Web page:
This LEED project aims at providing OECD Members with a statistical tool for better understanding the relationship between skills, mobility and job quality at the local level.
Meeting of National Economic Research Organisations, OECD Headquarters, 20 June 2011
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The OECD’s 50th Anniversary is an opportunity to reaffirm what we stand for and what we are about. After 50 years, our objective is and remains to help member and partner country’s governments to formulate and implement better policies for better lives.
This LEED project aims at identifying approaches to support the adaptation of the public sector to the green economy in view of removing the barriers to the emergence and expansion of greener practices and activities in the private sector.
Nearly two years after production began to recover from the worst recession to have hit OECD countries since the 1930s, the labour market situation remains a major preoccupation.
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Aggregate demand policies have a role to play in supporting the economic recovery and stimulate jobs. Enhancing vocational training is desirable, even if beefing-up such programmes may be difficult in countries facing large budget deficits or with limited training infrastructure.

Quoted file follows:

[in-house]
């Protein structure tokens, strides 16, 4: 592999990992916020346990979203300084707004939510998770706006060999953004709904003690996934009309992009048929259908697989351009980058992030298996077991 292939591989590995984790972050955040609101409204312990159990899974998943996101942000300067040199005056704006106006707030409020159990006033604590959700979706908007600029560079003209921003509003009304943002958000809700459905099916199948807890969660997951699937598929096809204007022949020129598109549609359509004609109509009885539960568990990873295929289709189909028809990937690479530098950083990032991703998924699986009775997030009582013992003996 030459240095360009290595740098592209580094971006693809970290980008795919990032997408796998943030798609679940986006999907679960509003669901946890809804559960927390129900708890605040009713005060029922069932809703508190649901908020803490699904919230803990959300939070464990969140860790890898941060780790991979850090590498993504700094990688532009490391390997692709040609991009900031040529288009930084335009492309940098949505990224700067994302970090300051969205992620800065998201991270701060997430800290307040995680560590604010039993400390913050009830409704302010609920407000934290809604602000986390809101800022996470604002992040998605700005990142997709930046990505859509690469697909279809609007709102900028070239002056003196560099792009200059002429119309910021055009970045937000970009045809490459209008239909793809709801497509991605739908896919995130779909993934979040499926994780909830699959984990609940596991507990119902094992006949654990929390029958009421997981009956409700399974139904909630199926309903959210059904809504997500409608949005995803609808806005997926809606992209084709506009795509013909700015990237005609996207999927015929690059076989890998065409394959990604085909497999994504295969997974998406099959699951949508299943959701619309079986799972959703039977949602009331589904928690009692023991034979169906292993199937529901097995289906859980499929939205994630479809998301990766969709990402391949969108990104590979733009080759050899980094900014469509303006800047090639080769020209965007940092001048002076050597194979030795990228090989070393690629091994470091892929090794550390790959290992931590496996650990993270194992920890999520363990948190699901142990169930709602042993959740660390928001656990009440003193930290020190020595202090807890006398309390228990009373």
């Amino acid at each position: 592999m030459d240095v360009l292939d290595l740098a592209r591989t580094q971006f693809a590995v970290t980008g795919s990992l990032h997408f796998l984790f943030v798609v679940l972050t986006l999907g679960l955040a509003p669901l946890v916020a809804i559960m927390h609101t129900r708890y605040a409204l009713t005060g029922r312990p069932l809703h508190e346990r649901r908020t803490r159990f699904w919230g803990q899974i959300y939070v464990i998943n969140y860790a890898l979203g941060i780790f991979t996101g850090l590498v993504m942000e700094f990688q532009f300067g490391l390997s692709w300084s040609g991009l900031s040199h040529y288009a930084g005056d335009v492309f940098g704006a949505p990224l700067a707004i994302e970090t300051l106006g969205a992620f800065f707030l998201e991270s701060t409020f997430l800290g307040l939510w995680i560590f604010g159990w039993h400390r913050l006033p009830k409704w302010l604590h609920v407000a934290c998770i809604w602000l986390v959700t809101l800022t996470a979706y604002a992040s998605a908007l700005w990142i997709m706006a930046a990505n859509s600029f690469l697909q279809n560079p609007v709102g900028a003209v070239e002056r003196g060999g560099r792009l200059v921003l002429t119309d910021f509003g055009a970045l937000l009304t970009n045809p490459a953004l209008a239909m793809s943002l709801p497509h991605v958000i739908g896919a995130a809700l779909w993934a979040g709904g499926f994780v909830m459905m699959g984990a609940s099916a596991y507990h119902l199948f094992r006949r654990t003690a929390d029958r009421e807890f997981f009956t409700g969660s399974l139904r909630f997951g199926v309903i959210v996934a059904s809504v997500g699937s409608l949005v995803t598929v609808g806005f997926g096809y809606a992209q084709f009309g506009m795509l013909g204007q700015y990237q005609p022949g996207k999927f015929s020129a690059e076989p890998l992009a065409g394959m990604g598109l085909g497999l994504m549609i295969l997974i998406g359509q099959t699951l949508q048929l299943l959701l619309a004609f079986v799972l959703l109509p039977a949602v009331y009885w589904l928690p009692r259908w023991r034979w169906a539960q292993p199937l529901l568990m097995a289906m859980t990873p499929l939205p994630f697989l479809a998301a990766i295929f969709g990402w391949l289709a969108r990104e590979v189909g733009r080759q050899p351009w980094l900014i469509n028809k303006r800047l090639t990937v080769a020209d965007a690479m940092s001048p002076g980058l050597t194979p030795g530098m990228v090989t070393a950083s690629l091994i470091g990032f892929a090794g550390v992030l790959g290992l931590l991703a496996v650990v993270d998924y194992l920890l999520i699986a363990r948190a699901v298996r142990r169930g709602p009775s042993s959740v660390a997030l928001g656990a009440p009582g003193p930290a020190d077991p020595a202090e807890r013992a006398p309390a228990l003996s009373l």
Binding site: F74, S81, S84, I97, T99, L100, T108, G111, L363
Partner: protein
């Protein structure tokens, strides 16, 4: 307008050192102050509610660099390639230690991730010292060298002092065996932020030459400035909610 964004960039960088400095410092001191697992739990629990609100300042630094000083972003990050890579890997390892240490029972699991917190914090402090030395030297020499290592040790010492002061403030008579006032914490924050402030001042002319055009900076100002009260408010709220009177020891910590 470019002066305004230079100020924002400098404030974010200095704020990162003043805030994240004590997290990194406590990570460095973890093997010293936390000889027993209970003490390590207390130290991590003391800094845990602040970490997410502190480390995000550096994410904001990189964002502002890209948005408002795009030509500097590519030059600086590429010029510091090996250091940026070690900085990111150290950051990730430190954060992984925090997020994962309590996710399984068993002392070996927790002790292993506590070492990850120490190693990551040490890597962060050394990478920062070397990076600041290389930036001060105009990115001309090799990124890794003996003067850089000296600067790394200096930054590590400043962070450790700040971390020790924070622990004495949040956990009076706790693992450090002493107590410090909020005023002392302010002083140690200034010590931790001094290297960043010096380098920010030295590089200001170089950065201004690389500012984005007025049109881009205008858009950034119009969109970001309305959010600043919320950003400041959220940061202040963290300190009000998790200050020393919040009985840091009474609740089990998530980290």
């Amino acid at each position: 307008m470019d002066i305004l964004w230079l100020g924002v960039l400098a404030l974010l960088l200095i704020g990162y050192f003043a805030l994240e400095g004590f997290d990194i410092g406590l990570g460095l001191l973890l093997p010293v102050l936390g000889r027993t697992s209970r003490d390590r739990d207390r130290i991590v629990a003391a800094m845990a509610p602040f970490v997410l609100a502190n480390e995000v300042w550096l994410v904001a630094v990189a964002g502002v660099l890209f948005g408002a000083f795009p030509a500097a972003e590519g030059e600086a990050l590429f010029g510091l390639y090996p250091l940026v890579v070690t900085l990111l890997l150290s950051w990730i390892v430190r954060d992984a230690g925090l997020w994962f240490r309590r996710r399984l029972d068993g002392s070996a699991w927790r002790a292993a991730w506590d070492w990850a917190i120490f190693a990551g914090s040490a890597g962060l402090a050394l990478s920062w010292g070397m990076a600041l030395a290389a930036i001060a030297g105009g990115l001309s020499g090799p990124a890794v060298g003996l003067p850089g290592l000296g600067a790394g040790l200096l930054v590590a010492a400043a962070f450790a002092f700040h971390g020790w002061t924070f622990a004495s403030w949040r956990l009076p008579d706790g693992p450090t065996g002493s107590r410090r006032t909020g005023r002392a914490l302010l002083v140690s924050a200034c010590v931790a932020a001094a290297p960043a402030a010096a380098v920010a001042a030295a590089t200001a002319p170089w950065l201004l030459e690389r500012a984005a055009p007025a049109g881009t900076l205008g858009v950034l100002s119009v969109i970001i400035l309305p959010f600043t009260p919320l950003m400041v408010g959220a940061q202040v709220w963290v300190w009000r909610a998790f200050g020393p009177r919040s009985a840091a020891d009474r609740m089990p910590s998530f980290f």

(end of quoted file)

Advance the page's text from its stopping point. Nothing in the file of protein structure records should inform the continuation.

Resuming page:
Within the Green Jobs Learning Forum promoted by the ILO, the Trento Centre organised an intense morning discussion involving local representatives to consider sustainable development strategies in the Autonomous Province of Trento.
This LEED Forum on Partnerships and Local Governance thematic brochure reviews the experience of partnerships in different countries in addressing the implications of climate change and creating employment at local level.
Jobs-rich Growth in Asia discusses some of the most pressing issues that countries in Southeast Asia are facing in regard to boosting local employment and skills development while advancing social protection strategies in emerging, fast-growing labour markets. A joint OECD/ILO initiative, this book analyses local approaches in Asia to modernise labour markets and skills strategies and shows how local recovery is taking place through a
Australia faces the mutually reinforced challenges of boosting labour supply and promoting social inclusion. Labour underutilisation is especially prevalent among groups such as lone parents, people with disability, and Indigenous Australians.